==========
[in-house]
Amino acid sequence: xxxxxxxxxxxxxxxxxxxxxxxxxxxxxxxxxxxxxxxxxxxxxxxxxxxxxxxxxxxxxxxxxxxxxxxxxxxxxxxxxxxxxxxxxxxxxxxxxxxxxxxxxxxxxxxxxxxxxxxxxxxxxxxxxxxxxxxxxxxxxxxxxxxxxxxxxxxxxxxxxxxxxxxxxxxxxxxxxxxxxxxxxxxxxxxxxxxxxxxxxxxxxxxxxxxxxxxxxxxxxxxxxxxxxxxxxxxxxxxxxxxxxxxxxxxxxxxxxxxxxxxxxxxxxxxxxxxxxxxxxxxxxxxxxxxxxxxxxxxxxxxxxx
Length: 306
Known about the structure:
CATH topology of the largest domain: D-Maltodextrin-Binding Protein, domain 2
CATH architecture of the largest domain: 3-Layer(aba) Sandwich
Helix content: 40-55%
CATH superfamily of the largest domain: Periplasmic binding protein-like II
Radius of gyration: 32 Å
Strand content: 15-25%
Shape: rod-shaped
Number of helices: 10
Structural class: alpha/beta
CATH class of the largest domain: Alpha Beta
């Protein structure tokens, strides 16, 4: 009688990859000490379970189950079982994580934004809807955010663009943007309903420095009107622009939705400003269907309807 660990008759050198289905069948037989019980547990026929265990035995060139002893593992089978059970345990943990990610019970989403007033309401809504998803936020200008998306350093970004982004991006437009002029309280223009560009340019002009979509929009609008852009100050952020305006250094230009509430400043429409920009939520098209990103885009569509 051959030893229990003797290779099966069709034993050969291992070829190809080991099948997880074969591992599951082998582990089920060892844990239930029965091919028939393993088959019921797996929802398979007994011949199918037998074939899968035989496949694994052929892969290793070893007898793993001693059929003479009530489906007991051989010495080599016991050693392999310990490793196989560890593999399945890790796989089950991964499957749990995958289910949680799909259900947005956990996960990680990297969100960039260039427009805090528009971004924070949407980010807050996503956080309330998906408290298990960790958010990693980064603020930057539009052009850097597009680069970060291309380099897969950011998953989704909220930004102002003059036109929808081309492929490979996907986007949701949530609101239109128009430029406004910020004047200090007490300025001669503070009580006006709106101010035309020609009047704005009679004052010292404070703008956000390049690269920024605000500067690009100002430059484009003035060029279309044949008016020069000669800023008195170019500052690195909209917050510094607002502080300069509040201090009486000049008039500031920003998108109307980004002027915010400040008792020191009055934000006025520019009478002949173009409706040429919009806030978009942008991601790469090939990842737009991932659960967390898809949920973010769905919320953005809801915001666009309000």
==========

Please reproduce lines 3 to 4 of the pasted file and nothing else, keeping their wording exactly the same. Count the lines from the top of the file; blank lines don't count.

Length: 306
Known about the structure: